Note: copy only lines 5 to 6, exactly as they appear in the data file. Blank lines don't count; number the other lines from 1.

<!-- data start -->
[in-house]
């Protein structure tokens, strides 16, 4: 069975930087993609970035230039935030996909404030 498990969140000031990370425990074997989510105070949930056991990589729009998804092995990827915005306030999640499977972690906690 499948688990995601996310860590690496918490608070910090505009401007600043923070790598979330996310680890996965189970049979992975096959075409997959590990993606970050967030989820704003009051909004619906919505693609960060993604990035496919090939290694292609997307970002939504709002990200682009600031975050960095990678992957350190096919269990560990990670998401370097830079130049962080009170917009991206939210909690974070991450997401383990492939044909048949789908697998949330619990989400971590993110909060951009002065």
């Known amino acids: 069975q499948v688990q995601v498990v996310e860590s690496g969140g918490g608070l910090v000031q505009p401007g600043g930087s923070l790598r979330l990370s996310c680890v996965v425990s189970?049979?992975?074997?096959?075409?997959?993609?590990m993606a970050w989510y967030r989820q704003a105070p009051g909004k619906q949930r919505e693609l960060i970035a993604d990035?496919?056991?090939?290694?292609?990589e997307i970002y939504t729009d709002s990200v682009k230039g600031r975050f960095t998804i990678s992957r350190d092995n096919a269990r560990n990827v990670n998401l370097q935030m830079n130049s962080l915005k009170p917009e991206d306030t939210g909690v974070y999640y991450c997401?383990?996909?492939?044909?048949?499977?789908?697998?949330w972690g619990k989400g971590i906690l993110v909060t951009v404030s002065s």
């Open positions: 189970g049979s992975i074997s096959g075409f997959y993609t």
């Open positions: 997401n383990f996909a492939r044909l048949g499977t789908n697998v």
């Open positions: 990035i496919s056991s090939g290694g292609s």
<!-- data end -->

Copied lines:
């Open positions: 997401n383990f996909a492939r044909l048949g499977t789908n697998v």
């Open positions: 990035i496919s056991s090939g290694g292609s």